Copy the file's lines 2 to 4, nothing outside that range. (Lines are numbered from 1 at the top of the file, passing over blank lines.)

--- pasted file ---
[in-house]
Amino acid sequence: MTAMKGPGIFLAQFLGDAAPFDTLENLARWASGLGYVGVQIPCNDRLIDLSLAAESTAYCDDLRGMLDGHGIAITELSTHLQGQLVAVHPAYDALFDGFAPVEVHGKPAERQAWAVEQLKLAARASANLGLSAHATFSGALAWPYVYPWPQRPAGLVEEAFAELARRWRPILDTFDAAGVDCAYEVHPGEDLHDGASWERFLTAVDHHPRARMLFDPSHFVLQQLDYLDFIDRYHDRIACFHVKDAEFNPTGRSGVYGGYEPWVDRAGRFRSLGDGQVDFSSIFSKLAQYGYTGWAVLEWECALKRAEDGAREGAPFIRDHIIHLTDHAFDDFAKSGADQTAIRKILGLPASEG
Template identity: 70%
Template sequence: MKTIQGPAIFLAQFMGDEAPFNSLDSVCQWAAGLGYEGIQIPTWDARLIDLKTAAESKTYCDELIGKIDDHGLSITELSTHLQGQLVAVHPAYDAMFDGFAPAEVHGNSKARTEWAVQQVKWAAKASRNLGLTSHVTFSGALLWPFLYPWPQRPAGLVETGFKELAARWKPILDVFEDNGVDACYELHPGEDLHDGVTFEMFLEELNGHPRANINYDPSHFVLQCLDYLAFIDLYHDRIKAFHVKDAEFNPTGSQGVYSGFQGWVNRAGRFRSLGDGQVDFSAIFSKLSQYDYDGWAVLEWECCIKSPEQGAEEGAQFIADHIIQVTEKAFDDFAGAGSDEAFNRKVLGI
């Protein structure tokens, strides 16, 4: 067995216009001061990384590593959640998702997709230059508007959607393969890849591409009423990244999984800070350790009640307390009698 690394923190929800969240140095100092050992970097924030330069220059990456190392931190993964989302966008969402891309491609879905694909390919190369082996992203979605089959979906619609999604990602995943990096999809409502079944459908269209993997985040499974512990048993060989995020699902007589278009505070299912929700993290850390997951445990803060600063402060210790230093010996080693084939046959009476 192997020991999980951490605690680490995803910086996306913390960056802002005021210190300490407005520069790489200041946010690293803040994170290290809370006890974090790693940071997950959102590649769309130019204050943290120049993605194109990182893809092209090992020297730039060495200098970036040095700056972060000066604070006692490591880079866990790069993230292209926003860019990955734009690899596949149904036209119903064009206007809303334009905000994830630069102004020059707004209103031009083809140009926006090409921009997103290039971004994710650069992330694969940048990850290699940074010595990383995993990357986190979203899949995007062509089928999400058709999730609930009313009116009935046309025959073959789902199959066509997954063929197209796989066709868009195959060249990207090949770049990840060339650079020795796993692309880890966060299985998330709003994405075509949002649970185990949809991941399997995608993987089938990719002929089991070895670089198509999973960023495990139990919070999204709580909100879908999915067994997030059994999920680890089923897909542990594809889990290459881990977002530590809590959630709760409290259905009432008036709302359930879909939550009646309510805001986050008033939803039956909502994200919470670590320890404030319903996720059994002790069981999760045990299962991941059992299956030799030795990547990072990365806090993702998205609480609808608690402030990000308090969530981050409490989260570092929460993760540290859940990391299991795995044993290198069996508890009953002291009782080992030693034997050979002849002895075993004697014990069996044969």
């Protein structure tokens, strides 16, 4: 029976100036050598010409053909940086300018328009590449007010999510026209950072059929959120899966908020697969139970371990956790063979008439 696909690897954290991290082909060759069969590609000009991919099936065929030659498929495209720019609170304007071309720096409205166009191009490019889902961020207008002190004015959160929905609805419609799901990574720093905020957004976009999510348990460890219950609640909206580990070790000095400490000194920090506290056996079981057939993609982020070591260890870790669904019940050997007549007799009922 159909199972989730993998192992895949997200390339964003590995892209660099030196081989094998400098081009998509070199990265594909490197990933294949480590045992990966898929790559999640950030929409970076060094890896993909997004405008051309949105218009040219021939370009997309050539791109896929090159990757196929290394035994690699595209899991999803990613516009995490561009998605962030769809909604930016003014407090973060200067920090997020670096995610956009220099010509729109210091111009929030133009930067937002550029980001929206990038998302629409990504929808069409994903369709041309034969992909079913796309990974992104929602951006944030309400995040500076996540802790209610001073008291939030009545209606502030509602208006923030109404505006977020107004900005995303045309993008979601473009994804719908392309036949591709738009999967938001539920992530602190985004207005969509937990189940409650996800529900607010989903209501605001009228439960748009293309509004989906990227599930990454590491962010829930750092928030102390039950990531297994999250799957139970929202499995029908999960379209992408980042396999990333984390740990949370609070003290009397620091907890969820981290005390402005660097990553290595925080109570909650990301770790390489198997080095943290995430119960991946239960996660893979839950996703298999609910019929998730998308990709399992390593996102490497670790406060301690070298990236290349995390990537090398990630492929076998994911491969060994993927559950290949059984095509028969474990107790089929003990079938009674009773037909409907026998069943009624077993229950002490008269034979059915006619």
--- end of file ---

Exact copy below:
Amino acid sequence: MTAMKGPGIFLAQFLGDAAPFDTLENLARWASGLGYVGVQIPCNDRLIDLSLAAESTAYCDDLRGMLDGHGIAITELSTHLQGQLVAVHPAYDALFDGFAPVEVHGKPAERQAWAVEQLKLAARASANLGLSAHATFSGALAWPYVYPWPQRPAGLVEEAFAELARRWRPILDTFDAAGVDCAYEVHPGEDLHDGASWERFLTAVDHHPRARMLFDPSHFVLQQLDYLDFIDRYHDRIACFHVKDAEFNPTGRSGVYGGYEPWVDRAGRFRSLGDGQVDFSSIFSKLAQYGYTGWAVLEWECALKRAEDGAREGAPFIRDHIIHLTDHAFDDFAKSGADQTAIRKILGLPASEG
Template identity: 70%
Template sequence: MKTIQGPAIFLAQFMGDEAPFNSLDSVCQWAAGLGYEGIQIPTWDARLIDLKTAAESKTYCDELIGKIDDHGLSITELSTHLQGQLVAVHPAYDAMFDGFAPAEVHGNSKARTEWAVQQVKWAAKASRNLGLTSHVTFSGALLWPFLYPWPQRPAGLVETGFKELAARWKPILDVFEDNGVDACYELHPGEDLHDGVTFEMFLEELNGHPRANINYDPSHFVLQCLDYLAFIDLYHDRIKAFHVKDAEFNPTGSQGVYSGFQGWVNRAGRFRSLGDGQVDFSAIFSKLSQYDYDGWAVLEWECCIKSPEQGAEEGAQFIADHIIQVTEKAFDDFAGAGSDEAFNRKVLGI